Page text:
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Posted: Sep 02, 2016

More surprises in graphene land

(Nanowerk News) When Andre Geim and Konstantin Novoselov were preparing their first report on graphene back in 2004 [1], few would have imagined the impact that their paper would have today.
Indeed, the story of graphene is remarkable for many reasons. Because of the interesting science that it allowed to explore. Because of the speed with which it spread among laboratories worldwide and with which it rapidly transcended physics to reach materials science, engineering and beyond. Because it signaled a change in the dynamics of research in the related areas and the narrowing of the gap between basic and applied science.
But during this last decade, graphene has not been alone in the stardom of new materials. Soon after its discovery, a theoretical study opened the doors of what we call today topological insulators, a new class of materials defying the usual classification in terms of metals, semiconductors and insulators. The original proposal pointed to a realization in graphene but the spin-orbit interaction proved to be too weak for practical realizations. Later on, the full potential was unleashed in different materials propelling topological insulators as one of the new stars in condensed matter physics.
But physicists like unity and thus different proposals aim at endowing graphene with topological states, thereby bringing together the worlds of graphene and topological insulators. One of them started a few years ago and targets the use of light [2,3] as a mean to modify the electronic structure of the material to induce properties akin those of topological insulators [4].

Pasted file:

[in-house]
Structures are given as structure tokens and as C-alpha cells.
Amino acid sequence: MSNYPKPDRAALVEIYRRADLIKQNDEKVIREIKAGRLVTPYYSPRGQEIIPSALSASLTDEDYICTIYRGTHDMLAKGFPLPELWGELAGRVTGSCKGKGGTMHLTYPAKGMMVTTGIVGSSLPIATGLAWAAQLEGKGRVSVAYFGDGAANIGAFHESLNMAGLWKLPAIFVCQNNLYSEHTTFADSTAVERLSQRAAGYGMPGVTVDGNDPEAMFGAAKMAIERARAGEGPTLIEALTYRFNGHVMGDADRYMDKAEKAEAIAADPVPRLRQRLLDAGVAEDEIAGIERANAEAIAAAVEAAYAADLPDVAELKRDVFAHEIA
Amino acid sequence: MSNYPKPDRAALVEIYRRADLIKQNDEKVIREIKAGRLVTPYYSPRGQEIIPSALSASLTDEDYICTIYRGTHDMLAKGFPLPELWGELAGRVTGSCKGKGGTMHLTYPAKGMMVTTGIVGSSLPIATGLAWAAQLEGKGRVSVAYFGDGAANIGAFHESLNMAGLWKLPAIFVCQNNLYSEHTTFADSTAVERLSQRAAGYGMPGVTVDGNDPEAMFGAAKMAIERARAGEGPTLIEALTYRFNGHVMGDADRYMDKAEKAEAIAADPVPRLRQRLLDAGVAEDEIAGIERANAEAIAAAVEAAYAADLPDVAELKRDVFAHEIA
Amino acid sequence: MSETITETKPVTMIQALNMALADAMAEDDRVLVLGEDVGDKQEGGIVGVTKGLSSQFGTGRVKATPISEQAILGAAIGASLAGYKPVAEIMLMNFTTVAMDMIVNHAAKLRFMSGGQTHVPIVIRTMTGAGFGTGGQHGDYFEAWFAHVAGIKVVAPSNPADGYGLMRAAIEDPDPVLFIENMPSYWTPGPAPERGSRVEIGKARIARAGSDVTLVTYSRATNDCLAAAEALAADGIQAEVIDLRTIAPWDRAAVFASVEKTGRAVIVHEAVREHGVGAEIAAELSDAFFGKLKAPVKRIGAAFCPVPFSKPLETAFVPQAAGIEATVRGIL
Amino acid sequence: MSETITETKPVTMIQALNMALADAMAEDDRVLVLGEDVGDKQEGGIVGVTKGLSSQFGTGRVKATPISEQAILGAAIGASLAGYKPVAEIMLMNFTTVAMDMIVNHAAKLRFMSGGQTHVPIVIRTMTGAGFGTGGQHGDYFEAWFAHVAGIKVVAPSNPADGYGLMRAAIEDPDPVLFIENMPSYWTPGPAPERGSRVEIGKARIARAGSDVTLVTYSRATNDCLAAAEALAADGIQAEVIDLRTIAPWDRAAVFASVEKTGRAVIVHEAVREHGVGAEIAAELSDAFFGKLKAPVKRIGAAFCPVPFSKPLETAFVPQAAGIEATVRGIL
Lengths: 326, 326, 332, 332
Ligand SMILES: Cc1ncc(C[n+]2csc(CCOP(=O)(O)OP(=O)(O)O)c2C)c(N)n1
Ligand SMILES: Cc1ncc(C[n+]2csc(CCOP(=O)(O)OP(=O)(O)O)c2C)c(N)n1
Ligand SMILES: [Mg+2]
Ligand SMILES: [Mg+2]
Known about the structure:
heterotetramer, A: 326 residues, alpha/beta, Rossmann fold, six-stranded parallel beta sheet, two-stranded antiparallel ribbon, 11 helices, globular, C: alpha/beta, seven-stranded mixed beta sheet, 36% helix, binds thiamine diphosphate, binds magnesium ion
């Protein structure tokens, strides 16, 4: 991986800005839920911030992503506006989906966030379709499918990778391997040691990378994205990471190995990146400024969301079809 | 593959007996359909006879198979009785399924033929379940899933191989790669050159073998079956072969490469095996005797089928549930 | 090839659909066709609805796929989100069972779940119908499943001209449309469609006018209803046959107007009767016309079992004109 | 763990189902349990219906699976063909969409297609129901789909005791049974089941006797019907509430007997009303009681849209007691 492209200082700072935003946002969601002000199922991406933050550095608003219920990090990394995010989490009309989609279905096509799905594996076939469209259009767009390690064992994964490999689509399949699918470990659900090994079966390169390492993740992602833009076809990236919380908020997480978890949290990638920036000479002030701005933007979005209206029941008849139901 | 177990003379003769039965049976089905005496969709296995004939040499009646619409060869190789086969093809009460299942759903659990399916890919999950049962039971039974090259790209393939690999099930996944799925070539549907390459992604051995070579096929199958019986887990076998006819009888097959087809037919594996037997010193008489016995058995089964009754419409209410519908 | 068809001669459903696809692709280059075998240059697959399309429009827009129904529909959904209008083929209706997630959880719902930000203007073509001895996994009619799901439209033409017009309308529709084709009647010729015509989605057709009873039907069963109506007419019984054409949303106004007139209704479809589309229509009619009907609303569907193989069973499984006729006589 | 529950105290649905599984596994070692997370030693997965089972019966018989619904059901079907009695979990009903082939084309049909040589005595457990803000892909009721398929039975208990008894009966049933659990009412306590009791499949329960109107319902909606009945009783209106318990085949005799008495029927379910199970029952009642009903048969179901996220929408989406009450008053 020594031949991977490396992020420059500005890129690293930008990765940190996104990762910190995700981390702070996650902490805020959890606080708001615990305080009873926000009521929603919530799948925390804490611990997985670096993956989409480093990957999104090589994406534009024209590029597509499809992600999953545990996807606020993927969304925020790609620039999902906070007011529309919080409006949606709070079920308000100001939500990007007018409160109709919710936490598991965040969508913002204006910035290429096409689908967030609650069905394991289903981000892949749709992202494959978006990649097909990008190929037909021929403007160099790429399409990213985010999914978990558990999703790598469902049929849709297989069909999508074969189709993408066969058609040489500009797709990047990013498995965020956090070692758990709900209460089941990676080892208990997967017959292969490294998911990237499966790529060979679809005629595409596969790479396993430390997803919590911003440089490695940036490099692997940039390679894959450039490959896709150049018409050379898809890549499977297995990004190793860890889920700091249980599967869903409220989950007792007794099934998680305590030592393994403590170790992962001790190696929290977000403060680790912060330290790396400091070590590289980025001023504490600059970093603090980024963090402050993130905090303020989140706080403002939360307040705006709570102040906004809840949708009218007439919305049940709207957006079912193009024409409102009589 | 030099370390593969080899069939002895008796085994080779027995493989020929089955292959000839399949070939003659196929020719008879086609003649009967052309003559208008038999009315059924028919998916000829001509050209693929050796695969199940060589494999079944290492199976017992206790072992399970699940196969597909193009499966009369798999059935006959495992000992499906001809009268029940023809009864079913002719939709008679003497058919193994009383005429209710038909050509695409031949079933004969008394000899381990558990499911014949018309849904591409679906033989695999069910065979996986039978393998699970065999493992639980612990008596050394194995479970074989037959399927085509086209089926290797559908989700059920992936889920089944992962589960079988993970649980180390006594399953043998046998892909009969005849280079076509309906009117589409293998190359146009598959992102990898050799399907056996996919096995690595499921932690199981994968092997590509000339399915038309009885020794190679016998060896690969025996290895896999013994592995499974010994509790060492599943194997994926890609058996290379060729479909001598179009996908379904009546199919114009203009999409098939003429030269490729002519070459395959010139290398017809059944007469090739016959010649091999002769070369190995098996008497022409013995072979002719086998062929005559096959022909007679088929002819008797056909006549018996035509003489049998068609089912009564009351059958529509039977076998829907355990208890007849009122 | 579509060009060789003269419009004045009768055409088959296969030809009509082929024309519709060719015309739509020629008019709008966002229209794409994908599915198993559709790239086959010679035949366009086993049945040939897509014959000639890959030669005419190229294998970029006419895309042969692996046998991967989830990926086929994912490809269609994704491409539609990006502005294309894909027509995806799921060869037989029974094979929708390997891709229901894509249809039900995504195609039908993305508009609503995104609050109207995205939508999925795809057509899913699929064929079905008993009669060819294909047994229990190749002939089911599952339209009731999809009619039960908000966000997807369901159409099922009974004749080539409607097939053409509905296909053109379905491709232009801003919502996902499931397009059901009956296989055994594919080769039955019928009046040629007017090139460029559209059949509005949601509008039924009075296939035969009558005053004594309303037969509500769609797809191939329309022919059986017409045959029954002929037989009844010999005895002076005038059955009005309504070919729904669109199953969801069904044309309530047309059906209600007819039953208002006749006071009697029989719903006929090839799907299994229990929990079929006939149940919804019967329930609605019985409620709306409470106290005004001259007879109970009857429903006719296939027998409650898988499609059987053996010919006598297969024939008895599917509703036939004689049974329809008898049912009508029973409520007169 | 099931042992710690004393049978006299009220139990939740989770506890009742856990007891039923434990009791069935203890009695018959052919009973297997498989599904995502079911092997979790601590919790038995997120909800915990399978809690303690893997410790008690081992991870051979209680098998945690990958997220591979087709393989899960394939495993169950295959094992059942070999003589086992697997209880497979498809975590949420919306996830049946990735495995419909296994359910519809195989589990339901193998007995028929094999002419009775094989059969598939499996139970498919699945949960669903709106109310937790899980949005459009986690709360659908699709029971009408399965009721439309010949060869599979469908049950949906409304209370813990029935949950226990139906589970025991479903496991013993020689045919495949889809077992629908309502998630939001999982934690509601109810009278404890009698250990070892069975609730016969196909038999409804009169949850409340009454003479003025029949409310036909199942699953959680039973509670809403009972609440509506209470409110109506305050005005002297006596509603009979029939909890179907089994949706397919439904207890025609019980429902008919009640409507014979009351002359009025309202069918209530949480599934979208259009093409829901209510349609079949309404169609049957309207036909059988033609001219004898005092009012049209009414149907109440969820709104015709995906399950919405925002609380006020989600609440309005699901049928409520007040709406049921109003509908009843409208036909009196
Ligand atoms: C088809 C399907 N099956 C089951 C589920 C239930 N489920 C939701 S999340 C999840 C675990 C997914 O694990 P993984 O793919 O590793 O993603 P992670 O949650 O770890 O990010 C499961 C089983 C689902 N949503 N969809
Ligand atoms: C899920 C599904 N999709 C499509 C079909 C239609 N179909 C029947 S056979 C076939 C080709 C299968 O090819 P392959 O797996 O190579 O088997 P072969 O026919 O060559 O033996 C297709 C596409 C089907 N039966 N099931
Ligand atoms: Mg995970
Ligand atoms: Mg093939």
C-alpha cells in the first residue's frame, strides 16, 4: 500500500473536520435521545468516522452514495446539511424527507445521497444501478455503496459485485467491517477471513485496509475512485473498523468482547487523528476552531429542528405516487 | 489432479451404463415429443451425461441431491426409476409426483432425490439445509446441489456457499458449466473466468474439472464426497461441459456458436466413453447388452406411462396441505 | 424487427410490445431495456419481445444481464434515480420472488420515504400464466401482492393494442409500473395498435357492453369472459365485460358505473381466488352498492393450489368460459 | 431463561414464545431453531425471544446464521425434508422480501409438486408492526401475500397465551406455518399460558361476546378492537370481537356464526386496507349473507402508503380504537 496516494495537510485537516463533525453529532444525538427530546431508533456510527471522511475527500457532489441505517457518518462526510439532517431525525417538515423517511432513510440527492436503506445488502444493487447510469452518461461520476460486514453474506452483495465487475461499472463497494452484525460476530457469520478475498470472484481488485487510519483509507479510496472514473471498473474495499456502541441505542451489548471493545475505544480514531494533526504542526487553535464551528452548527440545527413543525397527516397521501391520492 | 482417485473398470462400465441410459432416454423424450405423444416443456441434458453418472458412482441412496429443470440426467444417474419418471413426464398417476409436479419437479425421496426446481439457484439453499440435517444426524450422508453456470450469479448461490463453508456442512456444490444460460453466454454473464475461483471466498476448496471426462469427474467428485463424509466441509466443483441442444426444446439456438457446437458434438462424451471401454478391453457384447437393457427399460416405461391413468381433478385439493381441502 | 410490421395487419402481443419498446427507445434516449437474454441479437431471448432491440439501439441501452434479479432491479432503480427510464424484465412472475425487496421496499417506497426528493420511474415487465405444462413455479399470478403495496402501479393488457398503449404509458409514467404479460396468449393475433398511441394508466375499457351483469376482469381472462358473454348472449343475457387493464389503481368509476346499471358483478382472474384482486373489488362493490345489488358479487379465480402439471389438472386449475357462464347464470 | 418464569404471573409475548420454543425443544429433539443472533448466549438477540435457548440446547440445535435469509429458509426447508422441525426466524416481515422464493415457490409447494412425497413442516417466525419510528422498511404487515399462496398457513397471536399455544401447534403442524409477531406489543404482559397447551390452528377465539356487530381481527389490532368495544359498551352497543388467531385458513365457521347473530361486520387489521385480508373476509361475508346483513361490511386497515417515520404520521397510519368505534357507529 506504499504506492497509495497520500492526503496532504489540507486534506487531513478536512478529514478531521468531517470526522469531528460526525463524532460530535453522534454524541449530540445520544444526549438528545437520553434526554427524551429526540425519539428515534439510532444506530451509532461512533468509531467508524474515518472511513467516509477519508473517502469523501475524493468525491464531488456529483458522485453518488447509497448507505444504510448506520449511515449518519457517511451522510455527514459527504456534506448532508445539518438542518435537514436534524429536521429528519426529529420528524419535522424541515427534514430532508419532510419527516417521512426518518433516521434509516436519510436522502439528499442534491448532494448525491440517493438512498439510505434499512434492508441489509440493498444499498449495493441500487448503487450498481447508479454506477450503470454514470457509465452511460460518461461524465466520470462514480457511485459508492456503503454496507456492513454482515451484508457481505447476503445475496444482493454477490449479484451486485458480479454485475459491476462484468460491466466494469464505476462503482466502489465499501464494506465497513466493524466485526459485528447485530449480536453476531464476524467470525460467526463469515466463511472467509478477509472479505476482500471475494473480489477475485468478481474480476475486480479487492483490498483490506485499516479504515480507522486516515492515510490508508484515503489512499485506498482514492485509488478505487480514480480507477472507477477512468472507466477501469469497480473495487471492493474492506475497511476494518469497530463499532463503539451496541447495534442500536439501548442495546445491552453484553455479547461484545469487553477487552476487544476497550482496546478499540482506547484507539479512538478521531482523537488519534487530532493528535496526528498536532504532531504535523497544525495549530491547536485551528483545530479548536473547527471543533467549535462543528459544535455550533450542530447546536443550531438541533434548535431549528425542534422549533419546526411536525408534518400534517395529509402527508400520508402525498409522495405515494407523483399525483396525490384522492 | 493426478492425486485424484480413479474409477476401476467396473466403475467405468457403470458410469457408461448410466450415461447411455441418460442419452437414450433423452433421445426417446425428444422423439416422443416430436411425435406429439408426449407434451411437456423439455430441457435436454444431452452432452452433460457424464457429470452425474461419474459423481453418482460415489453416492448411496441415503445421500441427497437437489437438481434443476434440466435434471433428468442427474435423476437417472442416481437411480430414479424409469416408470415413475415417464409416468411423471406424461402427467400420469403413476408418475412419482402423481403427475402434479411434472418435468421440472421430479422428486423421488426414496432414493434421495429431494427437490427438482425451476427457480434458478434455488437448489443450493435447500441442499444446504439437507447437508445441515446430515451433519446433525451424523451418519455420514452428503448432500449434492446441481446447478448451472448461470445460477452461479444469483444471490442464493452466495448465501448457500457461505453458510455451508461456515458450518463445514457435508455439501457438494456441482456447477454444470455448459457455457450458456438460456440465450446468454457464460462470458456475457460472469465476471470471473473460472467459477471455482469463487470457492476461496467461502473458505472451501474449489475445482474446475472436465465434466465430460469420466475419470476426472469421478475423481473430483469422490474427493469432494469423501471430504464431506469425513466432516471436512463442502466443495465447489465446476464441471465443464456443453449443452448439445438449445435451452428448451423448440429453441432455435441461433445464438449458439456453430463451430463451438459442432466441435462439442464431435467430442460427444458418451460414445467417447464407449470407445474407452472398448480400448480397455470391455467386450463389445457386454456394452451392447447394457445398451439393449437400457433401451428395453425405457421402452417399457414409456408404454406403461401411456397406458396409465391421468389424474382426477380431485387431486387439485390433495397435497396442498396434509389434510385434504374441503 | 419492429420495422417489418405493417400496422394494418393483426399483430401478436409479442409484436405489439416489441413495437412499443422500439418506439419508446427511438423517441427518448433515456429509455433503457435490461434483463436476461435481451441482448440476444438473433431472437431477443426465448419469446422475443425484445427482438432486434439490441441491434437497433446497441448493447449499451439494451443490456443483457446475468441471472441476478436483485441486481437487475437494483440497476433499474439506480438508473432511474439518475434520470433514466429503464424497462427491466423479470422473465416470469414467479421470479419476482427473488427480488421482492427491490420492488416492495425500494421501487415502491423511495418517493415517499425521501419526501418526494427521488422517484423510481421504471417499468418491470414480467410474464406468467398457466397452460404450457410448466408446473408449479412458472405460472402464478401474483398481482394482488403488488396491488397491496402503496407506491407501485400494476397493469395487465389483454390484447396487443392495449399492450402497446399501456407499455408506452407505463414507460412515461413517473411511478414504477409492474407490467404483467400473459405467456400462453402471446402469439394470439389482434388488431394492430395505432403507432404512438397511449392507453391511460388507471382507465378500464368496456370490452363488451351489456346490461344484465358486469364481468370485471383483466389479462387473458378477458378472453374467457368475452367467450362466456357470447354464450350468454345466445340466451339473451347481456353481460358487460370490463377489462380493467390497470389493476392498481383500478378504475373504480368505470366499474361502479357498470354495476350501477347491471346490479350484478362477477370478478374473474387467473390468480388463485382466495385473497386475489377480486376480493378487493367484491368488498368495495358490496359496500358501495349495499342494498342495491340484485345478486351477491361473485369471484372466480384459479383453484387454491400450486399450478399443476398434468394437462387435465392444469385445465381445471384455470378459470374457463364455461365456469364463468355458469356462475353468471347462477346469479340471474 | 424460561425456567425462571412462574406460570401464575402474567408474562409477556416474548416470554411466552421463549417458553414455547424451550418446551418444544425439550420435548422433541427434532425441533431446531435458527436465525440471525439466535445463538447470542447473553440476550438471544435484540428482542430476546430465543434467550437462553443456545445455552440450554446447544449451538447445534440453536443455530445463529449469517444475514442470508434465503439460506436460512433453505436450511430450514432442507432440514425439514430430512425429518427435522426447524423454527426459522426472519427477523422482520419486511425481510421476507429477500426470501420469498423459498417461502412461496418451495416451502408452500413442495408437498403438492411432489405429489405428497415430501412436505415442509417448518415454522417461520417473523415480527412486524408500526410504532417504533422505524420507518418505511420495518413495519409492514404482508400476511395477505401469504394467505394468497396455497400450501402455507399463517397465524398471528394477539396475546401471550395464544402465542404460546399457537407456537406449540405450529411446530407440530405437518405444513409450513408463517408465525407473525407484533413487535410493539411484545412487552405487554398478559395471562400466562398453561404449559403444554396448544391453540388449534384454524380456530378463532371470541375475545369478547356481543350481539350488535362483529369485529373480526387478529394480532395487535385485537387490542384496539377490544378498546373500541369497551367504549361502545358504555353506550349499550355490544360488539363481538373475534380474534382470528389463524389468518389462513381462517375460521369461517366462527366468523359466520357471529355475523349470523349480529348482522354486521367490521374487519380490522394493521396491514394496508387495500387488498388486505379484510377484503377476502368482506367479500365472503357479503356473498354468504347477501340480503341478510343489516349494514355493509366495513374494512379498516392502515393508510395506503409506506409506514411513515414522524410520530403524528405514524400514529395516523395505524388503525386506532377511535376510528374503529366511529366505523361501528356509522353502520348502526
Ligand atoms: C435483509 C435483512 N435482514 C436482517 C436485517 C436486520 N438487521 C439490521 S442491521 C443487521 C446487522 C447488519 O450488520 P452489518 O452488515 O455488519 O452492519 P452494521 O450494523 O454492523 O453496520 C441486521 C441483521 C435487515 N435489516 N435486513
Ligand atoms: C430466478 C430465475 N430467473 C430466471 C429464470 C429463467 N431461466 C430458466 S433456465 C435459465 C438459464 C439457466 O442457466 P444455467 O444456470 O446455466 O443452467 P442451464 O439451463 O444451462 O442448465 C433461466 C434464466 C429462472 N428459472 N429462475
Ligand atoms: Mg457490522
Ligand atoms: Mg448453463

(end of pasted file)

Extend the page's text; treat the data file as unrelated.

Another trend is the use of defects or a substrate to enhance graphene’s spin-orbit coupling [5,6,7]. Using different chemical species on top of graphene [5] or placing graphene on top of islands of heavy materials like Pb [6] one may introduce regions where the stronger spin-orbit coupling could allow for much sough-after topological states. Now, a study appearing in the arxiv [8] provides new insights on the origin and strength of the spin-orbit coupling induced in graphene on transition metal dichalcogenides. The induced spin-orbit interaction in graphene by proximity effect (and detected through weak antilocalization measurements) is found to be about two orders of magnitude larger than in pristine graphene.
This seems to be a promising start for the design of novel heterostructures with tailored spin-orbit coupling. The surprises and twists in the story of the wonder-material do not seem to stop, not even now that graphene is about to turn twelve.
[1] K. S. Novoselov et al. Science 306, 666 (2004)
[2] T. Oka and H. Aoki, “Photovoltaic Hall effect in graphene”, Phys. Rev. B 79, 081406(R) (2009).
[3] N. H. Lindner, Gil Refael, and V. Galitski, “Floquet topological insulator in semiconductor quantum wells”, Nature Physics 7, 490 (2011).
[4] P. M. Perez-Piskunow et al., Phys. Rev. B 89, 121401(R) (2014); L. E. F. Foa Torres et al., Phys. Rev. Lett. 113, 266801 (2014); M. A. Sentef et al., Nature Communications 6, 7047 (2015).
[5] A. Cresti et al. Phys. Rev. Lett. 113, 246603 (2014)
[6] F. Calleja et al. Nature Physics 11, 43–47 (2015)
[7] M. Gmitra and J. Fabian, Phys. Rev. B 92, 155403 (2015)
[8] Zhe Wang et al. arXiv:1606.01789 [cond-mat.mes-hall] (2016)
Source: By Jean-Christophe Charlier & Luis E. F. Foa Torres & Stephan Roche, Cambridge University Press. Luis E. F. Torres, Stephan Roche and Jean-Christophe Charlier are authors of Introduction to Graphene-Based Nanomaterials: From Electronic Structure to Quantum Transport discuss the growth of the wonder material graphene and bright future ahead for it's application.
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